A blur in transition, a sound conductor as a ball-handler in pick-and-roll situations and a flat-out hooper in isolation, Clarkson scores over one point per possession and ranks in the 80th percentile or higher in all three categories among his peers in the Association. He’s able to spot up if you ask him to and can cash in on catch-shoot opportunities.
The pull-up game has always been a strong suit for Clarkson. That hasn’t changed at all since his move to Salt Lake City — a 50 percent clip on about four attempts per game. Since his arrival, he’s also behind only Donovan Mitchell with an average of five drives a night and has a nearly top-10 points percentage (71.7) in the league on those plays.
Basketball Insiders mentioned the term “rescue possessions” in reference to Clarkson’s knack for making something out of nothing, perhaps the most dangerous tool in his arsenal. Snyder smirked in response.
Asked Quin Snyder about whether he knew about Jordan Clarkson’s willingness to create for others and defend before the trade.
The Jazz head coach expanded upon JC’s knack for “rescue possessions” as well, a term I used in a question that he liked. pic.twitter.com/2X3OqHRVoX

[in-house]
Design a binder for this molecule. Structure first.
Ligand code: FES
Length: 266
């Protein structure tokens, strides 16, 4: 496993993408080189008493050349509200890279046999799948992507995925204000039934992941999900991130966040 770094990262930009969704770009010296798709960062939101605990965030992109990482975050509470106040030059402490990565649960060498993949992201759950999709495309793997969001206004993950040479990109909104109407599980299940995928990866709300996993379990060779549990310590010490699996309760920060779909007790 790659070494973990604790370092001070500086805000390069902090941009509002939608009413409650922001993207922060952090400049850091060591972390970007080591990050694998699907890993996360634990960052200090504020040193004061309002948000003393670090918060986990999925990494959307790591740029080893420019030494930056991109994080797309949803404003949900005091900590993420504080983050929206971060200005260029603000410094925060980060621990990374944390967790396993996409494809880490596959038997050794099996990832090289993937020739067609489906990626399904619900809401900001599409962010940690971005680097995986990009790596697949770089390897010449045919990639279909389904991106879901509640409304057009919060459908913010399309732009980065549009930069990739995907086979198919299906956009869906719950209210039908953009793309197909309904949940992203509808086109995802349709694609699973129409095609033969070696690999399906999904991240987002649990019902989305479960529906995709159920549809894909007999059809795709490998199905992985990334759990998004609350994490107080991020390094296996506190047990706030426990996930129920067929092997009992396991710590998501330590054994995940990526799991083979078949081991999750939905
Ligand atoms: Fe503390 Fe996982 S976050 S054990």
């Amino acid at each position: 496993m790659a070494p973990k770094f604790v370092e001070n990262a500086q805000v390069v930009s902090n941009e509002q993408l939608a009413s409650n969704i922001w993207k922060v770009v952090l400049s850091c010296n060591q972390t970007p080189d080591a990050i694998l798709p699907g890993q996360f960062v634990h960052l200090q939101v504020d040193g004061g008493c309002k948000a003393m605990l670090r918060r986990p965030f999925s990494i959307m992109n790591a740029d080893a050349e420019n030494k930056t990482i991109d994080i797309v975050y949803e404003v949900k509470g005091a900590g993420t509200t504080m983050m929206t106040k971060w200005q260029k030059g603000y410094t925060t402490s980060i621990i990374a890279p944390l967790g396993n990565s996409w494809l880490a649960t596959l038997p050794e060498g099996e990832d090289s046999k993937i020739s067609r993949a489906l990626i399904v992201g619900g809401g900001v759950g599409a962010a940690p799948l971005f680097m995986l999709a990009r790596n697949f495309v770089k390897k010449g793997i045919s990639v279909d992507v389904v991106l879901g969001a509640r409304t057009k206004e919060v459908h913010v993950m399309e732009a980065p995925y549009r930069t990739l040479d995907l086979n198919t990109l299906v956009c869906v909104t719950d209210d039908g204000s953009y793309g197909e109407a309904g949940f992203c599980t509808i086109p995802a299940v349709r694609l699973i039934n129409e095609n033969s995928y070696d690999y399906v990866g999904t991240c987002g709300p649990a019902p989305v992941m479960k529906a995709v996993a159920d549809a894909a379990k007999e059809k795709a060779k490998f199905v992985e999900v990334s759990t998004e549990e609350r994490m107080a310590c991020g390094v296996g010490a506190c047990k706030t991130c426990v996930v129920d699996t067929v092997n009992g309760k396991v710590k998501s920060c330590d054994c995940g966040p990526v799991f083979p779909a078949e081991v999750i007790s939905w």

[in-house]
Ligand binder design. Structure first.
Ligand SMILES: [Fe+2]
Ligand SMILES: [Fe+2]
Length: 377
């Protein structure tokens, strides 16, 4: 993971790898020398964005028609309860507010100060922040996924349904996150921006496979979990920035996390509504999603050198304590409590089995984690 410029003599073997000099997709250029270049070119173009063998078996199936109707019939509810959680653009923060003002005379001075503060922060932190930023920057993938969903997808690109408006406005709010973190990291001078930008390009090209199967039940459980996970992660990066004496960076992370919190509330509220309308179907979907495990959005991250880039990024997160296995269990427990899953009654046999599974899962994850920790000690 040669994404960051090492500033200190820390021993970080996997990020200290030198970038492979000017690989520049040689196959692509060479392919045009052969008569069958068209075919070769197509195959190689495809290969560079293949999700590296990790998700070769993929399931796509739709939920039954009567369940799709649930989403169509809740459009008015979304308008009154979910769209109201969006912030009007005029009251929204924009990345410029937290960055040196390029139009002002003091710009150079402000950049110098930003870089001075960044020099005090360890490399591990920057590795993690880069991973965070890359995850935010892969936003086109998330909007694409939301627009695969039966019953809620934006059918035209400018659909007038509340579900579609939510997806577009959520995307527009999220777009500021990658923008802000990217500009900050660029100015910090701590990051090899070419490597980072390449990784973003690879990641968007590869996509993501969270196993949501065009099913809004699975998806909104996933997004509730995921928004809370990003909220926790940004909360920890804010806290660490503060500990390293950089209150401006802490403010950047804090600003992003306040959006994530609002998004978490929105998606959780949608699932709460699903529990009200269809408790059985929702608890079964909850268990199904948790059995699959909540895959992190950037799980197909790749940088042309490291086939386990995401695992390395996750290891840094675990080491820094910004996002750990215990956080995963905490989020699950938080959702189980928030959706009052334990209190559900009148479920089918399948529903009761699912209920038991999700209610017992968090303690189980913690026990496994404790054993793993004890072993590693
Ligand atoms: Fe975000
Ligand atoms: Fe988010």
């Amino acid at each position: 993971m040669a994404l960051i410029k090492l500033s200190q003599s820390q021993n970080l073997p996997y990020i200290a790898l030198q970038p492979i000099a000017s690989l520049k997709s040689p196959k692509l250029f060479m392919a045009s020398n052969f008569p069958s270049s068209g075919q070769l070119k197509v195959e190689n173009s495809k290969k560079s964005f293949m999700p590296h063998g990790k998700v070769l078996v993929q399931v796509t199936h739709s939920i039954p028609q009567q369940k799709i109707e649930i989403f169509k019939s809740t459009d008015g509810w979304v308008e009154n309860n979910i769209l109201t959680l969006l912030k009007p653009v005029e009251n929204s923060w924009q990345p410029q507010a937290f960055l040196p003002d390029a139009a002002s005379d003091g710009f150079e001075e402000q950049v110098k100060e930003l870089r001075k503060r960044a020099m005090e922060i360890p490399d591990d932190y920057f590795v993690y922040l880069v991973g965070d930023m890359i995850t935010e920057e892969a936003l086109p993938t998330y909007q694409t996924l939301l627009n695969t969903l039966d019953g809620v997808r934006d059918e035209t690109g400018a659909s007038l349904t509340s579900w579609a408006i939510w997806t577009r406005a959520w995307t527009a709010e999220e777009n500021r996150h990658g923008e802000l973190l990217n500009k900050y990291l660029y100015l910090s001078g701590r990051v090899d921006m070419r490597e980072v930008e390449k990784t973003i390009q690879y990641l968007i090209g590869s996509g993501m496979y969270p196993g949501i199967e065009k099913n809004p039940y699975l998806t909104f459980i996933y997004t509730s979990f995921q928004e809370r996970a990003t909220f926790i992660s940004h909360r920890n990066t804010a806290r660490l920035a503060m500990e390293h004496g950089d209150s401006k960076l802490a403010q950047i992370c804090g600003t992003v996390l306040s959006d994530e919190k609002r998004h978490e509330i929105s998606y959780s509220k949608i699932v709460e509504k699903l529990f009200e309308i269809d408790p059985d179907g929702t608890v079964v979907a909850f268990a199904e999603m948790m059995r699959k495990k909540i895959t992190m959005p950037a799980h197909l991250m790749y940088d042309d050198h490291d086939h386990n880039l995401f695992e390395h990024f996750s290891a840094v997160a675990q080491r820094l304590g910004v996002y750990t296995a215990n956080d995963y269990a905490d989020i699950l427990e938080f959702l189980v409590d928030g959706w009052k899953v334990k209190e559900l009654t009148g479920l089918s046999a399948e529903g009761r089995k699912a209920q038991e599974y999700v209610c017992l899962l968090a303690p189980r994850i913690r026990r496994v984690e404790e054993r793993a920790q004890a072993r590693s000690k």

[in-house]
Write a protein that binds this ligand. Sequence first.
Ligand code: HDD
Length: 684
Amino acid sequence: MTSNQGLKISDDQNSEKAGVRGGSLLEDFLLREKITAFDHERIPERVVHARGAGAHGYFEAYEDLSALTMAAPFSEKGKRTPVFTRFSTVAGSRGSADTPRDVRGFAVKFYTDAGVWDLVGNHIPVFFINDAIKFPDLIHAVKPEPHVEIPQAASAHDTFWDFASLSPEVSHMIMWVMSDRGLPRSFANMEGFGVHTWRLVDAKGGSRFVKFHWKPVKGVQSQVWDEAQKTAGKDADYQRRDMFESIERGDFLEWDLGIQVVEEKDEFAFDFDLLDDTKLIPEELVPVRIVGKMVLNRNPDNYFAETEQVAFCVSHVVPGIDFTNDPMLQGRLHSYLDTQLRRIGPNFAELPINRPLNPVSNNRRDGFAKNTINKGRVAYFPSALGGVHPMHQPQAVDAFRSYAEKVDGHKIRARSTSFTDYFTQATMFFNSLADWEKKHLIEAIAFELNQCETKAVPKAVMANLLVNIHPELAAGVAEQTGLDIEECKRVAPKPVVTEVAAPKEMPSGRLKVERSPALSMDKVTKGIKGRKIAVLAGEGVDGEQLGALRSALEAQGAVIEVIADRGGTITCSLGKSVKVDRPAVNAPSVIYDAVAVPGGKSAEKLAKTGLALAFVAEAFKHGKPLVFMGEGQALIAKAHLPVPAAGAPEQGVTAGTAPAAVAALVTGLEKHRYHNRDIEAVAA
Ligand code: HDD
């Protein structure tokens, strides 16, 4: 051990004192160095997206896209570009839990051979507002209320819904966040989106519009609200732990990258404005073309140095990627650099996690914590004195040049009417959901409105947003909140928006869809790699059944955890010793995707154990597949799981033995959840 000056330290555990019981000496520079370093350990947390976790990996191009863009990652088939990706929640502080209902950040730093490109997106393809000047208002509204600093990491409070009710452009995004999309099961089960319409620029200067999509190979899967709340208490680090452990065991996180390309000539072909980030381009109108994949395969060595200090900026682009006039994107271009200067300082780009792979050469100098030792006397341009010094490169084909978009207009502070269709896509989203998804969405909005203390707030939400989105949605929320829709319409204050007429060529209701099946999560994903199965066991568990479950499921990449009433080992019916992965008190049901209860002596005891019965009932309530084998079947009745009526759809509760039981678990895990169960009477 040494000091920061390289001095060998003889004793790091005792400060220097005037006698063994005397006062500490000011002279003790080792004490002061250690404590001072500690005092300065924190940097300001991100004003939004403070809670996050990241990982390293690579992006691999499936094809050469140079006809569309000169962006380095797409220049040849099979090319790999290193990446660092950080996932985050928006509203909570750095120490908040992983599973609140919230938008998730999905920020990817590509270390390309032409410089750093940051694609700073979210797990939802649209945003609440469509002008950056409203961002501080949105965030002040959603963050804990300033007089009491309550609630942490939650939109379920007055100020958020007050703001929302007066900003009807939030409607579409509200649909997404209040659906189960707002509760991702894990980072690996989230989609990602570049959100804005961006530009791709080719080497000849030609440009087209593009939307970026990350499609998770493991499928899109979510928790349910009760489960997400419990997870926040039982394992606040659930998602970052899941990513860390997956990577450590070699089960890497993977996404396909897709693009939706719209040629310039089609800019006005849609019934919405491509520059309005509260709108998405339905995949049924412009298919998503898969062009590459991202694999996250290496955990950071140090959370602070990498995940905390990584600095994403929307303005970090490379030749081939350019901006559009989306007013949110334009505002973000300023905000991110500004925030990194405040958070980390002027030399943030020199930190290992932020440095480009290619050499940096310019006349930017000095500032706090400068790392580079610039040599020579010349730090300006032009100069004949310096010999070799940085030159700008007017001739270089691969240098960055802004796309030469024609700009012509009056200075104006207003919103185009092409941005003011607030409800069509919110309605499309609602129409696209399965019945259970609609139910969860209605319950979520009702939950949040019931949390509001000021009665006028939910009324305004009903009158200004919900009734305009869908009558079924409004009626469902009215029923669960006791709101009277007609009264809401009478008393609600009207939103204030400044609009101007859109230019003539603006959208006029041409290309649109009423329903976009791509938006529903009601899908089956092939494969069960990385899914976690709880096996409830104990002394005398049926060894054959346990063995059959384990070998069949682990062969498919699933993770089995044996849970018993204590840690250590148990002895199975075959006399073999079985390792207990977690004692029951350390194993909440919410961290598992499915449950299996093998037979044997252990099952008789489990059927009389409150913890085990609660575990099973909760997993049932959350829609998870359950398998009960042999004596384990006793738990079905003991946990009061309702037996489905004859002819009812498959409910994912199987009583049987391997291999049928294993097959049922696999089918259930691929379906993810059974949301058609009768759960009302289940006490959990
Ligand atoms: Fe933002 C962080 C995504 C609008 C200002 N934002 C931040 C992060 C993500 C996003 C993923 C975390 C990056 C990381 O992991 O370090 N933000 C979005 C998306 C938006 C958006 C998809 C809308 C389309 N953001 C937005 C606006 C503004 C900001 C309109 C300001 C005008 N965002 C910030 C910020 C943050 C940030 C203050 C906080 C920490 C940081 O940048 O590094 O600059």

— Spencer Davies (@SpinDavies) March 2, 2020
“I haven’t heard that word. That’s a good word for it. You can rescue the coach,” Snyder said. “When you draw up a bad play and it’s inefficient, a player makes a shot and everybody thinks you did something good. Those are big, big plays — particularly, at certain points in the game. A lot of times the ball will come back to a guy and they’ll kinda get stuck with it with three or four seconds on the shot clock and it’s just…it’s hard. Because the defense knows the shot clock as well. You play pick-and-roll and they switch it.
“So I think the ability to first, rise up and shoot it, he gets good elevation on his shot when he can get it off. And then, also the ability to put it on the floor and create.”
Did you catch this play in the fourth quarter in Cleveland? That’s a prime example of what a rescue possession is. Other than paying attention to each game, it’s not easy to track down those types of numbers coming off ineffective sets. What you can do is make an inference off using touch time and dribble statistics.
When Clarkson has touched the ball from 2-to-6 seconds on a possession, he has been Utah’s most successful scorer by percentage since the trade. On opportunities with 3-to-6 dribbles, his effective field goal percentage is 58.6. If you put the two observations together, it basically works in conjunction.
Clarkson’s drive to win games is just as high as his desire to beat his man when he’s on the floor. The Jazz brought him to town because of that competitiveness — and the decision has paid off handsomely as the team prepares for postseason play.
“He’s thrown himself into what we’re doing,” Snyder said. “I think everybody respects that and we’re happy that he’s with us.”